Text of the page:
Norman Brown

Sending My Love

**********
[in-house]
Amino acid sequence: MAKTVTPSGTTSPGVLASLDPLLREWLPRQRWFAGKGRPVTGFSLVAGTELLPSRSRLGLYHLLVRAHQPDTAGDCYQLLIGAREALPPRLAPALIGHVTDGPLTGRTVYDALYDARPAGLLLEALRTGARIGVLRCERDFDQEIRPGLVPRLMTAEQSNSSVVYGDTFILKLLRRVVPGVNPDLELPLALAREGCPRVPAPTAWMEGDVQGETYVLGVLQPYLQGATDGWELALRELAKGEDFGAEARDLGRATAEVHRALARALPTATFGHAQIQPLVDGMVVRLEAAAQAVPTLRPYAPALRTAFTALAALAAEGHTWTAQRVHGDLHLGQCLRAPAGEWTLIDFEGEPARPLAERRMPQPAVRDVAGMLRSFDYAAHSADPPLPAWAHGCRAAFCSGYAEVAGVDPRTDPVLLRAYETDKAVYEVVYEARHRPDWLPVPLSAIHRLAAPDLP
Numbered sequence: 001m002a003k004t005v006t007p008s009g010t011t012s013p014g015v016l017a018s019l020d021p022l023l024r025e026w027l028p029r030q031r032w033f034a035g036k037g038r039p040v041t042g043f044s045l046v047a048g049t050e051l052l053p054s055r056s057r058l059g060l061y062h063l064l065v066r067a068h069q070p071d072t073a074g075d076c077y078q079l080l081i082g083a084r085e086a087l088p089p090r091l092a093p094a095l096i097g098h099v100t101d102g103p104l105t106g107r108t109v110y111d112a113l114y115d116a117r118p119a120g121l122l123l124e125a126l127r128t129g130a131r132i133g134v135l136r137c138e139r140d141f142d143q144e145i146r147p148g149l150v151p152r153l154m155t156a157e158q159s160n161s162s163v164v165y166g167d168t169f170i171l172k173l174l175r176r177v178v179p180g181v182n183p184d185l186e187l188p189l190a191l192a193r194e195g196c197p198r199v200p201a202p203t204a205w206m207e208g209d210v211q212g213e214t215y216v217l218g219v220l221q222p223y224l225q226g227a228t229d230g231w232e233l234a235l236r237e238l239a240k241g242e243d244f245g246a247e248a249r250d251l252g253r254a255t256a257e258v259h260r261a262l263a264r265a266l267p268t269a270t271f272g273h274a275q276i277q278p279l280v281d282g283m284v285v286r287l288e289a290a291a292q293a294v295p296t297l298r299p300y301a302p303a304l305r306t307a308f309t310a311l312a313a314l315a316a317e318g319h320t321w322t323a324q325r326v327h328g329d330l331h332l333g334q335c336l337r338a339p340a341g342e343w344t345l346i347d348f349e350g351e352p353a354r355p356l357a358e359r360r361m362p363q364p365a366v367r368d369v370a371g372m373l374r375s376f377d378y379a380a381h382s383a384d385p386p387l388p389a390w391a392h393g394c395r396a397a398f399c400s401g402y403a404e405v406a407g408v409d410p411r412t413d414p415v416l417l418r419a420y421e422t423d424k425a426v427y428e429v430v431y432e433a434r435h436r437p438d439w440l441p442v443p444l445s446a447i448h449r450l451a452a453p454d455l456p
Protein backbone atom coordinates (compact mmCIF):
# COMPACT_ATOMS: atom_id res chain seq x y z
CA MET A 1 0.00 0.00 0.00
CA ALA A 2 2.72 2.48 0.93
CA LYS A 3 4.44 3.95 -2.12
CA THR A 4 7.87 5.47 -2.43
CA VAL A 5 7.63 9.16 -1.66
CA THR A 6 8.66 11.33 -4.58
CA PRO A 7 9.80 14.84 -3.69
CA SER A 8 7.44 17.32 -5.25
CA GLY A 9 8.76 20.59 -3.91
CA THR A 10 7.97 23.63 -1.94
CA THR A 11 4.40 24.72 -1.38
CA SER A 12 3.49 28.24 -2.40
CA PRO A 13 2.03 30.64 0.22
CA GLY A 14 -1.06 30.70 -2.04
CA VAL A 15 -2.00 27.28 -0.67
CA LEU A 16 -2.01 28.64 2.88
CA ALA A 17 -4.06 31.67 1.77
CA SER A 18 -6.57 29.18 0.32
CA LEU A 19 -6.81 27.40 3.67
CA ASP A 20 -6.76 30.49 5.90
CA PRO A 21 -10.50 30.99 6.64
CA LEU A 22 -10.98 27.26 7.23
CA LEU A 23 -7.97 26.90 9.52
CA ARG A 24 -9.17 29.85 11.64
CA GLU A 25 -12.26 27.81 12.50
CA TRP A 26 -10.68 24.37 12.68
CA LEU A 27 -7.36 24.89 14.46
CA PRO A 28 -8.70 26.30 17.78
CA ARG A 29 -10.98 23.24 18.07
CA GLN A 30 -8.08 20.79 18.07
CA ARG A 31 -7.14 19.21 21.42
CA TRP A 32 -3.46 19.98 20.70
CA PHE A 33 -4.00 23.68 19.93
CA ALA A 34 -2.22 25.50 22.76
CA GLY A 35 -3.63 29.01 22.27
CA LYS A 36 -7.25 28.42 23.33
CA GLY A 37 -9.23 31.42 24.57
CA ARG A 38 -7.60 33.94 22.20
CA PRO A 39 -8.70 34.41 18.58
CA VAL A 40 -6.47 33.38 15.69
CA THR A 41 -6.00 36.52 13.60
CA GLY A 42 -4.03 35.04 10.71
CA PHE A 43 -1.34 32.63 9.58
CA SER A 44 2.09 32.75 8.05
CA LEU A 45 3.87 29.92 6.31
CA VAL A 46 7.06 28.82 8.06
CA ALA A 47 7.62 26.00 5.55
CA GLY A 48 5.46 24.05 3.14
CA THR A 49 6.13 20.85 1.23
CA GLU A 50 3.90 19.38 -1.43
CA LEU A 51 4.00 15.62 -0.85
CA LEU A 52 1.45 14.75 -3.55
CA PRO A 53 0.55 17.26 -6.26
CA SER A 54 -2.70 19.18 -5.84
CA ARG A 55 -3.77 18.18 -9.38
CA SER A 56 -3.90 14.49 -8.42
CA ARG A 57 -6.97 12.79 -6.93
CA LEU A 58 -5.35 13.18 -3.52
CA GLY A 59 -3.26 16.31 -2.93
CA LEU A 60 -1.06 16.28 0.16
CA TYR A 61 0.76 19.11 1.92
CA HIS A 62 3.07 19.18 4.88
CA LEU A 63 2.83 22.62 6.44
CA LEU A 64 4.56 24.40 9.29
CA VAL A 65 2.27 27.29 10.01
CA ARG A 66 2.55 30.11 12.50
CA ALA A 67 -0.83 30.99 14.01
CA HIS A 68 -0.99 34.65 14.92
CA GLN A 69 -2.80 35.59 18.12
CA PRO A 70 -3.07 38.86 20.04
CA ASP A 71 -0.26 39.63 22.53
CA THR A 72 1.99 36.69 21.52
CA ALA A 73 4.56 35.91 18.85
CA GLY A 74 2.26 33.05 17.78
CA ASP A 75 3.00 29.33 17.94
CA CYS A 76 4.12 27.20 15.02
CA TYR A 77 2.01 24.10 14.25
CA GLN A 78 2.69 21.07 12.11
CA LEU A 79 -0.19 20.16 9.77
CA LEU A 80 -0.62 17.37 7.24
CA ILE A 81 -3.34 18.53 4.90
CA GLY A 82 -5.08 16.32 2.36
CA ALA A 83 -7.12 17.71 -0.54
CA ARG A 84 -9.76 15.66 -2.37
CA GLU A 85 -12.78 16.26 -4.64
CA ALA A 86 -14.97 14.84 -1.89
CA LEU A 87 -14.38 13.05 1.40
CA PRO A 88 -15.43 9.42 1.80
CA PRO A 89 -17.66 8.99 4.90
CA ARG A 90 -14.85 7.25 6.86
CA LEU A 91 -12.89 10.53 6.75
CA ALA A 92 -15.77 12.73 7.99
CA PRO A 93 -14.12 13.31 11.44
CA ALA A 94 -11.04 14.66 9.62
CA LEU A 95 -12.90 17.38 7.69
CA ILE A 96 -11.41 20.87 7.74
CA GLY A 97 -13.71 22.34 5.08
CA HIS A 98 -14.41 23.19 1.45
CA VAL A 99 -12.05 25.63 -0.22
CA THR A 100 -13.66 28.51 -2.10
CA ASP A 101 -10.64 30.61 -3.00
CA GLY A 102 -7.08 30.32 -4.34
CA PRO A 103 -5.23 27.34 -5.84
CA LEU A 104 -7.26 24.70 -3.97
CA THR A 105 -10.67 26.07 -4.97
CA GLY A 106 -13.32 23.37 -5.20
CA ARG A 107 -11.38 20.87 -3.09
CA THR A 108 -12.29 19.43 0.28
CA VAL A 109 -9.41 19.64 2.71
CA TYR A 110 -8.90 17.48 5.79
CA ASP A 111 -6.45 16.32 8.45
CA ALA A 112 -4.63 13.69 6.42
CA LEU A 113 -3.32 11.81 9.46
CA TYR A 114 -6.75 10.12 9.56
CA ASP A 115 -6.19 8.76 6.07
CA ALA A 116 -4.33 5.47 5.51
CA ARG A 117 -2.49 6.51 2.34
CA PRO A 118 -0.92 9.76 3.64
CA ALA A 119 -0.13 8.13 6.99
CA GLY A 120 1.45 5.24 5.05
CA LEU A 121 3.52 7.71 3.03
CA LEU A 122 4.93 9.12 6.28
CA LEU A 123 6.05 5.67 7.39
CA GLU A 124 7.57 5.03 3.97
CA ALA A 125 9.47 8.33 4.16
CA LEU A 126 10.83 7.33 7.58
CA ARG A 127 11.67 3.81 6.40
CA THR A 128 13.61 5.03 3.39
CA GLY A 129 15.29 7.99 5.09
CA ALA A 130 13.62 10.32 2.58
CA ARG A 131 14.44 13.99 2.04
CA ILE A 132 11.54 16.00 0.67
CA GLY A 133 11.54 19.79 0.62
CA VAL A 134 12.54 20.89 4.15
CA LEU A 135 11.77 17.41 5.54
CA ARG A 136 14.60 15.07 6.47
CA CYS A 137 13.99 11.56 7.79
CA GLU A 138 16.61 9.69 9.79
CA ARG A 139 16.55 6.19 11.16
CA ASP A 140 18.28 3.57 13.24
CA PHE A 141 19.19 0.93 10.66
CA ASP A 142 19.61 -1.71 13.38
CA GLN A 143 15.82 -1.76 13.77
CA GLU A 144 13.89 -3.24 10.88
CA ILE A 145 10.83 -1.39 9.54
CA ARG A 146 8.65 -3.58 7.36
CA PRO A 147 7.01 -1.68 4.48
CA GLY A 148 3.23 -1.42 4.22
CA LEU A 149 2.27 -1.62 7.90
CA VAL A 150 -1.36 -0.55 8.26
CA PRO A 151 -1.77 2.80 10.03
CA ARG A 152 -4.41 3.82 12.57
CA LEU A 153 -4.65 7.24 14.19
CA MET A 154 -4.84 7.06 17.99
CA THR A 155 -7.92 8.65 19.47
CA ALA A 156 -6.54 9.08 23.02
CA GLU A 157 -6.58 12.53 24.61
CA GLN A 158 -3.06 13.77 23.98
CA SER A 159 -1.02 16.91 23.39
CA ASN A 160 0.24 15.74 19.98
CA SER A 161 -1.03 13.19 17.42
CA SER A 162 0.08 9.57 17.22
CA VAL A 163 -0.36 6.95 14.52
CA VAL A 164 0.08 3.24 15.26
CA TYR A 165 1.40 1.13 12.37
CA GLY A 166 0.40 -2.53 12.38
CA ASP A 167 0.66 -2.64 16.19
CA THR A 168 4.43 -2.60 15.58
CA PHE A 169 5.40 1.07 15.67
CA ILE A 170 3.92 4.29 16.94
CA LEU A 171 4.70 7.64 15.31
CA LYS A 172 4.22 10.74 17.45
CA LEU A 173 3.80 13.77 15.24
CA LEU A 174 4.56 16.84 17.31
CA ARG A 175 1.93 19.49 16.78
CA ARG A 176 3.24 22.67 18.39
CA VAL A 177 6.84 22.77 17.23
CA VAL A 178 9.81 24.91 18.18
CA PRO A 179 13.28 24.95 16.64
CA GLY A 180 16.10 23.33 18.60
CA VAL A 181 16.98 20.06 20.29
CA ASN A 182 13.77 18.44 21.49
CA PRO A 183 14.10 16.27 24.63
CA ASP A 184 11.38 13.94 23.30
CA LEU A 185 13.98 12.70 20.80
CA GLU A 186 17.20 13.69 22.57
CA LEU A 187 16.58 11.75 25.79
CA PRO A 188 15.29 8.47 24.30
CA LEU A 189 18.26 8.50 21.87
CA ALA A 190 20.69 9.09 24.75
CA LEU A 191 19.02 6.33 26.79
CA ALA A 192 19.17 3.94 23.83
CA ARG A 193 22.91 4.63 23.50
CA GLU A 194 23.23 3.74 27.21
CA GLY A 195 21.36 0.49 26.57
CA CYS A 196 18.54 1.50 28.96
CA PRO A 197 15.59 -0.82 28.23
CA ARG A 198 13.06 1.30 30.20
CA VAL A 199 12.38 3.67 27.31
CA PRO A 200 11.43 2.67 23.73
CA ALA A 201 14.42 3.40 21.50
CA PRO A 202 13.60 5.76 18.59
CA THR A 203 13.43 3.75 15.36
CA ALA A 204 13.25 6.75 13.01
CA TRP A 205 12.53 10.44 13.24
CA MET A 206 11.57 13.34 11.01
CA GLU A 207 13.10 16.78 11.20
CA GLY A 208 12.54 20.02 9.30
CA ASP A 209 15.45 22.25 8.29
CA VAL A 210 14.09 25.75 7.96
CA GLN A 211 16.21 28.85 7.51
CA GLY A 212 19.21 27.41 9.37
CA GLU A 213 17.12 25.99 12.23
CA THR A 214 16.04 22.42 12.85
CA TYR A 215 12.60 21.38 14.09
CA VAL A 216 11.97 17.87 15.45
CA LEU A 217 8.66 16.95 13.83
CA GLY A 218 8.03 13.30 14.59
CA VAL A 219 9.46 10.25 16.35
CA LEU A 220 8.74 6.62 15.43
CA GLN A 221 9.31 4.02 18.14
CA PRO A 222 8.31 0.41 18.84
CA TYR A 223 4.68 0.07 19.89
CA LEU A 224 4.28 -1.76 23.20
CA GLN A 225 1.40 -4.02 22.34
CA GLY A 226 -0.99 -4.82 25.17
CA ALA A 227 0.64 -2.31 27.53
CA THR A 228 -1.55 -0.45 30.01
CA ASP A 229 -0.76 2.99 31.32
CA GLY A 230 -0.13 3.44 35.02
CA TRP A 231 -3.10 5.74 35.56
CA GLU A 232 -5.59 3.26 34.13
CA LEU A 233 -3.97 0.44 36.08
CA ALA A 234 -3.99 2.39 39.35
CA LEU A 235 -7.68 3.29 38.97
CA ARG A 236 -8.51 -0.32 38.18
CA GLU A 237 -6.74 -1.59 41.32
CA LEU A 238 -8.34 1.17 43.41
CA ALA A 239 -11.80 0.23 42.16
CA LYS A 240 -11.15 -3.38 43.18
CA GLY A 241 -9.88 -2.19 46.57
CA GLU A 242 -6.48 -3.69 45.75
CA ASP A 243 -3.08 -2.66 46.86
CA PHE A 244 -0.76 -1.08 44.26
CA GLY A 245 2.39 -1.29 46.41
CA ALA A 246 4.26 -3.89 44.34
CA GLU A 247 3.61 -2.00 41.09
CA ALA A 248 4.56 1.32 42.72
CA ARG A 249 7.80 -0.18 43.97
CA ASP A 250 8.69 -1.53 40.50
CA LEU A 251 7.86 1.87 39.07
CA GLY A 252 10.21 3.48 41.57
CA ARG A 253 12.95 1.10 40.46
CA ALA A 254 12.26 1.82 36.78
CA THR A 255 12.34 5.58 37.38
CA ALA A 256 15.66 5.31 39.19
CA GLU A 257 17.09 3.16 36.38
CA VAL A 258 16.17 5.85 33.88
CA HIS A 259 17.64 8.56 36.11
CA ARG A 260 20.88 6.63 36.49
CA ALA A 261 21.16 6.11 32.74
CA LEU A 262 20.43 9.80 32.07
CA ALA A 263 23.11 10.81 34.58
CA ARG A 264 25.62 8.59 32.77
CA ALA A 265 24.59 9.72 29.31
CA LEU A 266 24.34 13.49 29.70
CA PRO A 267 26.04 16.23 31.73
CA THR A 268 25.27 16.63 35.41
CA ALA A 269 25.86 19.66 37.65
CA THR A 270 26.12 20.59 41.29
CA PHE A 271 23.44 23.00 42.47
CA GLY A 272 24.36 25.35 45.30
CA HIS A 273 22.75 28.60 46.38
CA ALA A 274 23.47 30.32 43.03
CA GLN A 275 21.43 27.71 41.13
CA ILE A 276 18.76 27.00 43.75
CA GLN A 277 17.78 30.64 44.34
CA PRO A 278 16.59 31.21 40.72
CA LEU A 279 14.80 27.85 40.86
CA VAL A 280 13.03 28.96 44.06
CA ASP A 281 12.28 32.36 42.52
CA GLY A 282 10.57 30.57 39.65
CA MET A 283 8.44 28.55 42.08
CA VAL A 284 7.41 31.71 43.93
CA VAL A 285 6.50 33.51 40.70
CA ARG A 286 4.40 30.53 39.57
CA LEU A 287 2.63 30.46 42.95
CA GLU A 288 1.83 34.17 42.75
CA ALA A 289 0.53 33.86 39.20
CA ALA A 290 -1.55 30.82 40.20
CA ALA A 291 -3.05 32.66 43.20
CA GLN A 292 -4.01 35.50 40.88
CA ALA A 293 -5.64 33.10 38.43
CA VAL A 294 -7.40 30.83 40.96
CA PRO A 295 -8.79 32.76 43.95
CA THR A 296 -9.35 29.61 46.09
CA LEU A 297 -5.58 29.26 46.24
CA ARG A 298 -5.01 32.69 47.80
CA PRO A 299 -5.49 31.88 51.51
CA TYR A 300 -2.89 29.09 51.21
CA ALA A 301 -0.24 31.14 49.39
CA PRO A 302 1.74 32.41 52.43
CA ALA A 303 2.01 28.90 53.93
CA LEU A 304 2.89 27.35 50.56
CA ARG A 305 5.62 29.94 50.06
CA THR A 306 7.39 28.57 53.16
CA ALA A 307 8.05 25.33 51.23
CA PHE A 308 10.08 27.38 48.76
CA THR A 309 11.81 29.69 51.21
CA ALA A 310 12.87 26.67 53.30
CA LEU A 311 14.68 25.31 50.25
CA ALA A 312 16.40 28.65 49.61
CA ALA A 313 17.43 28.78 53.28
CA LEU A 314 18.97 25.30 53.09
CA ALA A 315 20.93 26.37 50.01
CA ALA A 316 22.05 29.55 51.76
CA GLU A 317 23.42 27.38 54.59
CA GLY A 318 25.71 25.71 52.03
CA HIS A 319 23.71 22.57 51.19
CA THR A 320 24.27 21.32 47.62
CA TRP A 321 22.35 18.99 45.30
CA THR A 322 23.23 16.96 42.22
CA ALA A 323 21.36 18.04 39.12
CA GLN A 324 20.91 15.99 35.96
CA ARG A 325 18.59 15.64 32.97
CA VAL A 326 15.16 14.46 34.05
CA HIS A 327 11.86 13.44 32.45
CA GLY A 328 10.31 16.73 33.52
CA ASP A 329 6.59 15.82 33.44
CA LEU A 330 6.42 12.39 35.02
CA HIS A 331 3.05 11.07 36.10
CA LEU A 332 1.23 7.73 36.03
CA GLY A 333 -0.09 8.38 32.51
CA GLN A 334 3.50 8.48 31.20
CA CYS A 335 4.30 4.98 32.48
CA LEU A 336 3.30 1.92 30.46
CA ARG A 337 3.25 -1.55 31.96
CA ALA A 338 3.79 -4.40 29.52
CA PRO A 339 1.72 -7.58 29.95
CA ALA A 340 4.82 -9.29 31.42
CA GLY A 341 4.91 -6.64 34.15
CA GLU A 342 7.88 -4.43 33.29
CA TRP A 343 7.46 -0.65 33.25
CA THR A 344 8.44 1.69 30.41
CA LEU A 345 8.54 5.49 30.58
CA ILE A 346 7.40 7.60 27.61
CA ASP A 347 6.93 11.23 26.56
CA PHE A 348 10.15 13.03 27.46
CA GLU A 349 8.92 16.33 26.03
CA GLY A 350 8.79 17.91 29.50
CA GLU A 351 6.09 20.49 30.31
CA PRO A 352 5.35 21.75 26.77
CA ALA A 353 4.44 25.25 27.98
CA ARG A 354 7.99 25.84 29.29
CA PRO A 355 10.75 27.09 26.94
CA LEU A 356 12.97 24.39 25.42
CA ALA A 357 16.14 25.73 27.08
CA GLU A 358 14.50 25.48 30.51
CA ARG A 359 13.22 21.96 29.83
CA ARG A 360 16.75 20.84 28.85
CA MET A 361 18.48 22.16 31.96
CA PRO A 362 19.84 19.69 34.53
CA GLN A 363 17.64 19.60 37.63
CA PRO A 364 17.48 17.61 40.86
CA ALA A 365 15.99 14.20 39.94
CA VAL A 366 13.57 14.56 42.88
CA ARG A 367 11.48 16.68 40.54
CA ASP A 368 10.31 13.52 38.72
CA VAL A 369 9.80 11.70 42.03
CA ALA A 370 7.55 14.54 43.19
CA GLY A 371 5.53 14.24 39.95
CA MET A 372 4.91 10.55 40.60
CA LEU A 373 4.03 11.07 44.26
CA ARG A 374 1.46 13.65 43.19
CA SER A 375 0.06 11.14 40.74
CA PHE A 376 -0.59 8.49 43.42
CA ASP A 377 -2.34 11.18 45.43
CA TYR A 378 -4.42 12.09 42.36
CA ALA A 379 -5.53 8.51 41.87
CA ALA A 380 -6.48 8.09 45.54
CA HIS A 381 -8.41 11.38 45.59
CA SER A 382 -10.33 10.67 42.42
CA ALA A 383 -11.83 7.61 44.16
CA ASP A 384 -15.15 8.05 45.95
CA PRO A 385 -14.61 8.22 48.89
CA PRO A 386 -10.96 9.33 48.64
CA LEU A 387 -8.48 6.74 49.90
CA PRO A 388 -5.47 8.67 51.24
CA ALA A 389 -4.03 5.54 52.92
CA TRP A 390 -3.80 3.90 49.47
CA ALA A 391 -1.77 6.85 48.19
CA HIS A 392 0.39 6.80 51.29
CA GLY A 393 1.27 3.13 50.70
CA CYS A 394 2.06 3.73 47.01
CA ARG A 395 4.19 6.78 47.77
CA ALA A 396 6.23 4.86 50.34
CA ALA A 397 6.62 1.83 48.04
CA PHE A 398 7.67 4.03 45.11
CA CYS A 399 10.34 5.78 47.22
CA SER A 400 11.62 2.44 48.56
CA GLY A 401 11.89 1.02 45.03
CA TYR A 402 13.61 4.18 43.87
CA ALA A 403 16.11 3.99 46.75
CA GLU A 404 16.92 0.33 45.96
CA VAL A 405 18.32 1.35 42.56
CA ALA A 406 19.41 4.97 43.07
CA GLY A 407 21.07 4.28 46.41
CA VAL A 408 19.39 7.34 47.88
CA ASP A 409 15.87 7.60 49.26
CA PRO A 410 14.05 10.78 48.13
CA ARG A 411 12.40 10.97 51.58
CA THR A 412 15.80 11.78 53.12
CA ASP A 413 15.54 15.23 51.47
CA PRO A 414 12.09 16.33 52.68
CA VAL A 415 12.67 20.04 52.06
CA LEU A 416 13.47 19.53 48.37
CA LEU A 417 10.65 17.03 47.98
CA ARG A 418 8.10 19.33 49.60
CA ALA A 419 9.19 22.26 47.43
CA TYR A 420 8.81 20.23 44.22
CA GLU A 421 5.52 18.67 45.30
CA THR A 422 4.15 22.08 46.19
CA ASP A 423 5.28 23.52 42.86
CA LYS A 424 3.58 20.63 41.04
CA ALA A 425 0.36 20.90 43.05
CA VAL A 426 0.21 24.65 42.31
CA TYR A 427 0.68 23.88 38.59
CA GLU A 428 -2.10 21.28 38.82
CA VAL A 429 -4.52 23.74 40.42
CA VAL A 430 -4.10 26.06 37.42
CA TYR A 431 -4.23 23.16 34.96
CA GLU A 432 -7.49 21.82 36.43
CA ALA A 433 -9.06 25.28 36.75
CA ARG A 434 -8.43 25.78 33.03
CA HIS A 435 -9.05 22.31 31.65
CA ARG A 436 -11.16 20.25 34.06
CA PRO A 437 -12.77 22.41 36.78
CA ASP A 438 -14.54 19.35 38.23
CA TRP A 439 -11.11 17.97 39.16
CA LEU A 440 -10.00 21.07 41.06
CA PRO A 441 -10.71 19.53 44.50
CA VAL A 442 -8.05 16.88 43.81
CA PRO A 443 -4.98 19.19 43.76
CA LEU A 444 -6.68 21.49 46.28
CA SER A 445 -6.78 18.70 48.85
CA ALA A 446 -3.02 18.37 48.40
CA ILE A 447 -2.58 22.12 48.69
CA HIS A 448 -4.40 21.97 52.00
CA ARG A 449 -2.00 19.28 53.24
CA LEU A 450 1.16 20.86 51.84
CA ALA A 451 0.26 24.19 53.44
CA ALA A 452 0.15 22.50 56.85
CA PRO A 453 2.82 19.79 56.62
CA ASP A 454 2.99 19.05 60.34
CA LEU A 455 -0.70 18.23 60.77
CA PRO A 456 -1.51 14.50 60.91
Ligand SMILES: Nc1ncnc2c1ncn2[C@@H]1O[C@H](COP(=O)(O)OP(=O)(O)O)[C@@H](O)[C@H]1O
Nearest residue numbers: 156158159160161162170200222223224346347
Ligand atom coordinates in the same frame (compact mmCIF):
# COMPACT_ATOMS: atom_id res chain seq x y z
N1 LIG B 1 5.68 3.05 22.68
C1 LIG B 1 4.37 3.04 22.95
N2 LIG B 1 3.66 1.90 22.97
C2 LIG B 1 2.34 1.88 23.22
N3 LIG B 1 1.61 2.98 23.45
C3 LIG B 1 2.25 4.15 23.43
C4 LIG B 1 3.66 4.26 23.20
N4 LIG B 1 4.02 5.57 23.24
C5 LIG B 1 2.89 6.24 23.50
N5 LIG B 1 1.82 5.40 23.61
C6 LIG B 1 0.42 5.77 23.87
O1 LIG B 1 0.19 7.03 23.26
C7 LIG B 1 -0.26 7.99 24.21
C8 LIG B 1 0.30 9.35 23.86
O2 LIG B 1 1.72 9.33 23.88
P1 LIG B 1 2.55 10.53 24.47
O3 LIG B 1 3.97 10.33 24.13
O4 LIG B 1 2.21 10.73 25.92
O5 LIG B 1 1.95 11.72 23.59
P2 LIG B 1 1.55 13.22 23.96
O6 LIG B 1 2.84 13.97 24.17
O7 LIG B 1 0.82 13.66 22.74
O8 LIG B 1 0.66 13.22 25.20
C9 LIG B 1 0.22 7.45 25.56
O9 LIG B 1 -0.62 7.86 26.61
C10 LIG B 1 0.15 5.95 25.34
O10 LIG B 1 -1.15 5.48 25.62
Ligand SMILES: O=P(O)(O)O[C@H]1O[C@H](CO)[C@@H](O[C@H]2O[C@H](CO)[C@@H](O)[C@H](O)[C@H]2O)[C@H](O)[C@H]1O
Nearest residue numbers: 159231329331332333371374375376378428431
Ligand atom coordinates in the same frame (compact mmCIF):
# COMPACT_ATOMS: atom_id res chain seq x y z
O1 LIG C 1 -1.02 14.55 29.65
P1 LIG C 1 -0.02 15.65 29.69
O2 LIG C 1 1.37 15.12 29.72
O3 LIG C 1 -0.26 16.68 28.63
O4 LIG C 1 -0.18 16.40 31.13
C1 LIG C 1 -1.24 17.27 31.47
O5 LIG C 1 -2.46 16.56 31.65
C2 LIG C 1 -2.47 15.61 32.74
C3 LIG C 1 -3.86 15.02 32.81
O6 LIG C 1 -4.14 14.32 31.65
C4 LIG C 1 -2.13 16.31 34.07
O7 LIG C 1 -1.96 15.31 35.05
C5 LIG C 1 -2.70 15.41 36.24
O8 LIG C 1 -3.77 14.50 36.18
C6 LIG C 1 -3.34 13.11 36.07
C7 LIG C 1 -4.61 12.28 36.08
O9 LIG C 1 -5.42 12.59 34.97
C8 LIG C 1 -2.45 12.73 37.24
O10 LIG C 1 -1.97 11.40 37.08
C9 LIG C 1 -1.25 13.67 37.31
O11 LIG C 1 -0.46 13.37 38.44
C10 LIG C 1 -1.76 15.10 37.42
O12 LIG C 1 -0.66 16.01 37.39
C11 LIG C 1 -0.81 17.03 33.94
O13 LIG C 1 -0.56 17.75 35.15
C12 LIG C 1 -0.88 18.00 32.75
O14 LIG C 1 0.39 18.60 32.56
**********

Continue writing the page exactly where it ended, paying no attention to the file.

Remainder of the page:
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One could easily argue that smooth jazz started on the instrument that Norman Brown has been using to express himself: the electric guitar. During the last few years of his life, Wes Montgomery moved away from hard bop and post-bop and recorded some pop-drenched albums consisting of what eventually came to be called smooth jazz -- and then, in the 1970s, the guitar maintained its prominence in smooth jazz thanks to George Benson, Earl Klugh, and Lee Ritenour. None of that is lost on Brown, whose smooth jazz recordings of the 1990s and 21st century have underscored his artistic debt to the aforementioned guitarists. Brown no doubt has it in him to make a killer soul-jazz album; unfortunately, he has spent much of his career pandering to the rigid formats of smooth jazz/NAC radio. But while Sending My Love isn't the creative gem that Brown is quite capable of providing, it isn't a bad album, either. This 2010 release contains a few R&B vocal offerings (Brown occasionally sings in addition to playing his guitar), although for the most part, Sending My Love favors an instrumental blend of jazz, R&B, and pop -- and thankfully, producer Herman Jackson is smart enough to give Brown's guitar some breathing room. Excessive production is a major problem in smooth jazz, but Jackson avoids smothering Brown's guitar on pleasantly laid-back, Benson-esque instrumentals such as "Thinking About You," "Special Moments," "Coming Back (Return of the Man)," and the Brazilian-flavored "Play Time." Brown's guitar doesn't get lost in the production the way it has on some of his previous albums, which is a good thing. Nonetheless, there is no denying that this is a highly formulaic effort -- and while Brown is obviously someone who has spent a lot of time listening to Benson's Breezin' album, the fact is that Breezin' took a lot more chances. But again, Sending My Love is generally a pleasant listen even though it isn't a terribly memorable one.

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